By Kara LeBeau, GSA Staff Writer

What actually ended the Permian Period some 251 million years ago? Most Earth
scientists think gradual sea fall, climate change, oceanic anoxia, and
volcanism were the causes. But that’s not so. A group of geologists working
in southern China found evidence that it was an asteroid or a comet that
smacked our planet, exploded, and then caused the most severe biotic crisis
in the history of life on Earth.

In the September issue of Geology, Kunio Kaiho from Tohoku University reports
their findings of a remarkable sulfur and strontium isotope excursion at
the end of the Permian, along with a coincident concentration of impact-
metamorphosed grains and kaolinite and a significant decrease in manganese,
phosphorous, calcium, and microfossils (foraminifera). Their discoveries at
Meishan (Mei Mountain) suggest that an asteroid or a comet hit the ocean at
the end of the Permian, triggered a rapid and massive release of sulfur from
the mantle to the ocean-atmosphere system, swooped up a significant amount of
oxygen, precipitated acid rain, and possibly set off large-scale volcanism.

“Understanding the cause of this event is important because it represents
the largest mass extinction,” Kaiho said, “and it led to the subsequent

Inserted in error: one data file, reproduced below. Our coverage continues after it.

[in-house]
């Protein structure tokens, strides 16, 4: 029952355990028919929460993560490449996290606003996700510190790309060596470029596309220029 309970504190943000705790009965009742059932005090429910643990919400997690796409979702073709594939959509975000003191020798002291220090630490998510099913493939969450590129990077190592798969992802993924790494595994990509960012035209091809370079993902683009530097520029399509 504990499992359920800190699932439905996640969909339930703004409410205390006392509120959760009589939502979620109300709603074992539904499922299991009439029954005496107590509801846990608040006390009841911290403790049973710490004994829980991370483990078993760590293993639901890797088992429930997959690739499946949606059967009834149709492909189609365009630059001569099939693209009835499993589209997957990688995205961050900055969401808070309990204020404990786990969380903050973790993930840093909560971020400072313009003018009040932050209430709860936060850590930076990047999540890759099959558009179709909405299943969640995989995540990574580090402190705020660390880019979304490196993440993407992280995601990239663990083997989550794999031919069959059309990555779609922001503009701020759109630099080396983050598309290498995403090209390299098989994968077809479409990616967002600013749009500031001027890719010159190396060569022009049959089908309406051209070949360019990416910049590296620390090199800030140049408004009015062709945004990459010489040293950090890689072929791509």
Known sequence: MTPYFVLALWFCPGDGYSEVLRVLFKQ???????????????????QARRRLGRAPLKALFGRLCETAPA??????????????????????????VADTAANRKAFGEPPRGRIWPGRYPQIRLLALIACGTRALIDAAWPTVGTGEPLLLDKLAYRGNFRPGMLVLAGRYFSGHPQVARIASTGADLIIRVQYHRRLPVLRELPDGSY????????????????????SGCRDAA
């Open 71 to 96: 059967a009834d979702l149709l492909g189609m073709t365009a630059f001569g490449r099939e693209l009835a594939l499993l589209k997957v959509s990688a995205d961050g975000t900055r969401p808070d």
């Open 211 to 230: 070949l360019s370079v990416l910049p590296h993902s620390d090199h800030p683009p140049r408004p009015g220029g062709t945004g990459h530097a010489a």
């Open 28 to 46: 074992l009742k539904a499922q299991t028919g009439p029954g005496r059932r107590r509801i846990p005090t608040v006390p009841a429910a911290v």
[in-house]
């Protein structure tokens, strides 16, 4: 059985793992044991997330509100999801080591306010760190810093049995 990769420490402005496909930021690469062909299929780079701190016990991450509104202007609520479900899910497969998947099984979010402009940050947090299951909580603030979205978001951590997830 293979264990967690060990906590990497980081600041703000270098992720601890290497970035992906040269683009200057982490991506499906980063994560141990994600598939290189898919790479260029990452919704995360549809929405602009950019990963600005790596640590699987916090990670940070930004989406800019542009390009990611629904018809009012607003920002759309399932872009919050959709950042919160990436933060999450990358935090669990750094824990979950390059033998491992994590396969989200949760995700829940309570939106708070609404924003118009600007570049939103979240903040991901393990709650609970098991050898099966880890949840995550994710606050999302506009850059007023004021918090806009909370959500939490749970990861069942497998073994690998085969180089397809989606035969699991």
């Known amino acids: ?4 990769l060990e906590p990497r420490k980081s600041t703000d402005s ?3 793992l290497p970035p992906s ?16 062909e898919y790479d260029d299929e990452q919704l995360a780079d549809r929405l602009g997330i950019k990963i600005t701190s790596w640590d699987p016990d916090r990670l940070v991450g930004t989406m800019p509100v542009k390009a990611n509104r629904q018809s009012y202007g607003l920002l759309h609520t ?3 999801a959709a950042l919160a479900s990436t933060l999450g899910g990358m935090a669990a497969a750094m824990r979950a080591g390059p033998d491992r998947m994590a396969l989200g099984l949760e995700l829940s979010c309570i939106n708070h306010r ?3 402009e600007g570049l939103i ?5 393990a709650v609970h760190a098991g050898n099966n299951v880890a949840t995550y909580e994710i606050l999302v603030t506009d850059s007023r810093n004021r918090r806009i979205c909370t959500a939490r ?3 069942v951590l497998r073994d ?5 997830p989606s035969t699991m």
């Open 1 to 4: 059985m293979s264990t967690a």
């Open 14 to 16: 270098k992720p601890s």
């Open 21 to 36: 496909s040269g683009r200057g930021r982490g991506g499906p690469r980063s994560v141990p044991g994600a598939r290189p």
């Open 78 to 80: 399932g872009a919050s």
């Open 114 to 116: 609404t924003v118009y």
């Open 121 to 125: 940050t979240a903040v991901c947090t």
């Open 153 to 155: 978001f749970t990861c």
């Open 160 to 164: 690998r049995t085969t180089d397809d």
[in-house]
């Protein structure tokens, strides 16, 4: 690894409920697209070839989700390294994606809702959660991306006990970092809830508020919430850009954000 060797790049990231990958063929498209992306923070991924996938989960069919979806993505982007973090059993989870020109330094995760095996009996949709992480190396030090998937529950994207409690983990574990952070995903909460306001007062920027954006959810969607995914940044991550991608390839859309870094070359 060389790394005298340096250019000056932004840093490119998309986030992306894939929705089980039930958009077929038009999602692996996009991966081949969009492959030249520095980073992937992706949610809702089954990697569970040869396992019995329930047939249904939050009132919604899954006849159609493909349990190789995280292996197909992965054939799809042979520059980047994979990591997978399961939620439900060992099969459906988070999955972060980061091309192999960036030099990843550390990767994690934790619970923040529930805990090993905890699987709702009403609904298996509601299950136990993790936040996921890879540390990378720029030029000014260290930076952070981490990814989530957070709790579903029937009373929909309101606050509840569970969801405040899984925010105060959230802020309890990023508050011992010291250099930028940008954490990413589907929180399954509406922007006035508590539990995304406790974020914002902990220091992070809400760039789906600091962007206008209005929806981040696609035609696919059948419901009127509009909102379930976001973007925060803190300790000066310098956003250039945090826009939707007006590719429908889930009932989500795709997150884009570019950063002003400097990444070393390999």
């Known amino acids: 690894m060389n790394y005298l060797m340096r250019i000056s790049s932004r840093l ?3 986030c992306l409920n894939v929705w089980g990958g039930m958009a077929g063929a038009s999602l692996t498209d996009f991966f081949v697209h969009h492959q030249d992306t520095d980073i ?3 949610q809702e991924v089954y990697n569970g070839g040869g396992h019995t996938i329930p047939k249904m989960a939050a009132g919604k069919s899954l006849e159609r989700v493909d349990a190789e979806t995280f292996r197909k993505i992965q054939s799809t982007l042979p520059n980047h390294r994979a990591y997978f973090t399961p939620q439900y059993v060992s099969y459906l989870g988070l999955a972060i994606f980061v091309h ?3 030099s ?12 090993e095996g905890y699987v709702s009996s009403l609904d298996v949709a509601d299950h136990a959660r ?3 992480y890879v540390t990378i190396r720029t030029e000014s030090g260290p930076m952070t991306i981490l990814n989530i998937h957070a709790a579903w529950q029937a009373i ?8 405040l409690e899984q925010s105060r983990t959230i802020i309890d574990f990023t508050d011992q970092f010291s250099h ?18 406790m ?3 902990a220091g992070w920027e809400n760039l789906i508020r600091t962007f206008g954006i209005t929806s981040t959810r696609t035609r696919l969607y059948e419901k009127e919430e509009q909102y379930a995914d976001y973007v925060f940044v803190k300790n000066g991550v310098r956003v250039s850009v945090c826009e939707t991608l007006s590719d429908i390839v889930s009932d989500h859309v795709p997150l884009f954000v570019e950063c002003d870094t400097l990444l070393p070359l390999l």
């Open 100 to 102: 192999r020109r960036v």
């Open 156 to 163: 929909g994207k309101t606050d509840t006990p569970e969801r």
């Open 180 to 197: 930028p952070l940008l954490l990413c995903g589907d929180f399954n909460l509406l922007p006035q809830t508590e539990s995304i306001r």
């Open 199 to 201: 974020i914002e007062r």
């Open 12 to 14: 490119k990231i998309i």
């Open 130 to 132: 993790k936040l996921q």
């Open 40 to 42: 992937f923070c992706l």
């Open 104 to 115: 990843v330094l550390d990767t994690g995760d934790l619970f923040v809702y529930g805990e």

origination of recent biota on Earth.”

Kaiho discovered the significance of the site when he took samples from it
in 1996 and again in 1998. He plans to investigate other evidence of impact

“We would like to clarify paleoenvironmental changes and causes of the end
Permian mass extinction in different places and of the other mass extinctions
which occurred during the past 500 million years: end Ordovician, Late
Devonian, and end Triassic,” he said.

Contact information:
(NB: Author prefers contact via e-mail:

Kunio Kaiho

Professor of Paleontology

Institute of Geology and Paleontology

Tohoku University, Aoba, Aramaki

Sendai 980-8578, Japan

To view the abstract of this article, go to . To obtain
a complimentary copy of this article or others published in GEOLOGY, contact
Ann Cairns.


Ann Cairns, Director–Communications and Marketing , 303-447-2020, ext. 1156